With the Biden administration asking for $37 billion in support for Ukraine during a lame duck session, a small delegation from the House of Representatives visited Ukraine this past week, meeting with anti-corruption activists and talking with Ukrainian military leaders about tracking U.S. weapons and their use. The Ukrainian military demonstrated “transparency and accountability of all the equipment we have been providing,” said Santa Barbara’s Rep. Salud Carbajal, who was among the five members of the House Armed Services Committee who left for Kyiv last Thursday.
Very much on the QT, the group flew from D.C. to Poland and then traveled by train, with all lights extinguished, to the capital of Ukraine. There, they saw windows boarded up with plywood and sandbags in areas, and they could see air defense placements as they got into the city, said Rep. Ruben Gallego of Arizona, who led the group.
In a brief press conference on Monday, the five congressmembers stated how impressed they were by the Ukrainian peoples’ resolve and resilience as winter approached and Russian missile strikes have plunged the city into darkness.
“We saw the incredible tenacity of the Ukrainians to beat their invaders back,” Carbajal said. “It is critical for Congress to hear this, and we need to continue to support Ukraine. It’s clearly making a difference, and we need to keep the momentum.”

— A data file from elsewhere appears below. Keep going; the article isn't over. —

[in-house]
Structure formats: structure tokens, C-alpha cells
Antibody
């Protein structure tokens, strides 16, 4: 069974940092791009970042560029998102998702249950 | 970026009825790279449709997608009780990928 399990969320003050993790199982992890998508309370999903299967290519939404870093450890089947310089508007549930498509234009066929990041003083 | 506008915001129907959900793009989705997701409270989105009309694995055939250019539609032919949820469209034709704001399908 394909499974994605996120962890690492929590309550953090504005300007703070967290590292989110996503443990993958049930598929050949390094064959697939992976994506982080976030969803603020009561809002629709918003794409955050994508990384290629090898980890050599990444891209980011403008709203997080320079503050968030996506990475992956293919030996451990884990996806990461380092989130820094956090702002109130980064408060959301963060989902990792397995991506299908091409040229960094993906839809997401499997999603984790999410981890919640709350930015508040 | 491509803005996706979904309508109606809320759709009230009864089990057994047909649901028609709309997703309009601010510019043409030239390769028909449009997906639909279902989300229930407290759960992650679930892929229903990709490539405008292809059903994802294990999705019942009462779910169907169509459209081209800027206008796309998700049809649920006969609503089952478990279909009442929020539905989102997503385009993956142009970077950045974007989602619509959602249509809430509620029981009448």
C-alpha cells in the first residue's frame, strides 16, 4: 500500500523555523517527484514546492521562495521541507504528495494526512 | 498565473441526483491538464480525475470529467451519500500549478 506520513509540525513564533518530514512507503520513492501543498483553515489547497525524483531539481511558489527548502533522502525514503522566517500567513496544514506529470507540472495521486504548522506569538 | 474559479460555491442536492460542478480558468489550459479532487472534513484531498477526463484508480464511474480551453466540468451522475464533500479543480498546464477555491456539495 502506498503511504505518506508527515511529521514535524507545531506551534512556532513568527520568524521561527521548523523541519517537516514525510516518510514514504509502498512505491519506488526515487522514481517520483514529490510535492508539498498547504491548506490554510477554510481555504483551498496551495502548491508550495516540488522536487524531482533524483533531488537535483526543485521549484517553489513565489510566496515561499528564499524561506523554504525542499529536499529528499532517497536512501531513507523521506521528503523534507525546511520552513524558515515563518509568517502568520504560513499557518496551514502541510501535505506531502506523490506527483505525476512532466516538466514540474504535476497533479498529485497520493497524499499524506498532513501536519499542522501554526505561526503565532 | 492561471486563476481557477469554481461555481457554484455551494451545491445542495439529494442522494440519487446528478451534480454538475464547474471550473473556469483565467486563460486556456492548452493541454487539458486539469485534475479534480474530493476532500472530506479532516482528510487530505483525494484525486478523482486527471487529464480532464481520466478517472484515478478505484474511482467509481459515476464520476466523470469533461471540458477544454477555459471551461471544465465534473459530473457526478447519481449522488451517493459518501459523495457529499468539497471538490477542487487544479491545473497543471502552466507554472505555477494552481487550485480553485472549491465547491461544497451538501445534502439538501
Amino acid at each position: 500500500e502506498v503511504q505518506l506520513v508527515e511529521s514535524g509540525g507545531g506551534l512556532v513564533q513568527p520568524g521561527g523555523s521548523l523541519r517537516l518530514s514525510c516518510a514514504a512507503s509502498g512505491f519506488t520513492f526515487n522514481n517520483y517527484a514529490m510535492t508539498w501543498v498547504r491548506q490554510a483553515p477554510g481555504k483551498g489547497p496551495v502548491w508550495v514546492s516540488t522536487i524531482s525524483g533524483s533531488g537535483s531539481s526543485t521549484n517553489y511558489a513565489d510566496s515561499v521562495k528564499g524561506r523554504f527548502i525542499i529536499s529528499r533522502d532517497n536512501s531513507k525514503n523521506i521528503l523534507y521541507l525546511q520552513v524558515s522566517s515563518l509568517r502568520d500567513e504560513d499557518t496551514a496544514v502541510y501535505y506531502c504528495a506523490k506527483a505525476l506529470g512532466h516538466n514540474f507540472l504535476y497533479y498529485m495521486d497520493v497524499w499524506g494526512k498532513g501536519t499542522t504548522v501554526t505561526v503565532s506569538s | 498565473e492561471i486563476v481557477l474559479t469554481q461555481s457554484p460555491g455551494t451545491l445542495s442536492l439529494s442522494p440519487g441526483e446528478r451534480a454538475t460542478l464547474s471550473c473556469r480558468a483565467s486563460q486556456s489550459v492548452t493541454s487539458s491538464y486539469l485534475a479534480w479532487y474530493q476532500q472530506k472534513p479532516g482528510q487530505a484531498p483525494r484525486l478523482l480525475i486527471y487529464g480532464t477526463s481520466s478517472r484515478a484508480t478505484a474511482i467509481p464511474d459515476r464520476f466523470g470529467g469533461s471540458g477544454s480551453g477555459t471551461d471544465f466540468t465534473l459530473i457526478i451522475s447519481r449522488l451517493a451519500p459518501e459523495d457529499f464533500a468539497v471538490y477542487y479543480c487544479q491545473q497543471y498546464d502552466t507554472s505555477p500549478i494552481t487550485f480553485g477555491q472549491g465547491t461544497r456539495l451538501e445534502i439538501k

Carbajal also said the Department of Defense had indicated the Ukraine funds would run out by spring. “Delay would be disastrous,” he added.
An omnibus bill to keep the government in operation will come up by December 15, and Gallego said there was concern that the incoming Congress would be hostile to packages of this sort. Now was the time to secure funding for Ukraine, which he described as being in a dire situation to survive the winter.
Joe Wilson, a representative from South Carolina and the sole Republican on the trip, said the vote would be bipartisan: “The vast majority in the Republican conference support the people of Ukraine.”
In the 10 hours the group spent in Ukraine, they were able to observe some aspects of life in Kyiv. “Even as cold as it is, people were walking around, at cafés, going to bars. Even though it was dark, they were still going to live their lives,” said Gallego. “The best we can do is give them the support they need to survive the winter, keep fighting back, and keep their freedom.”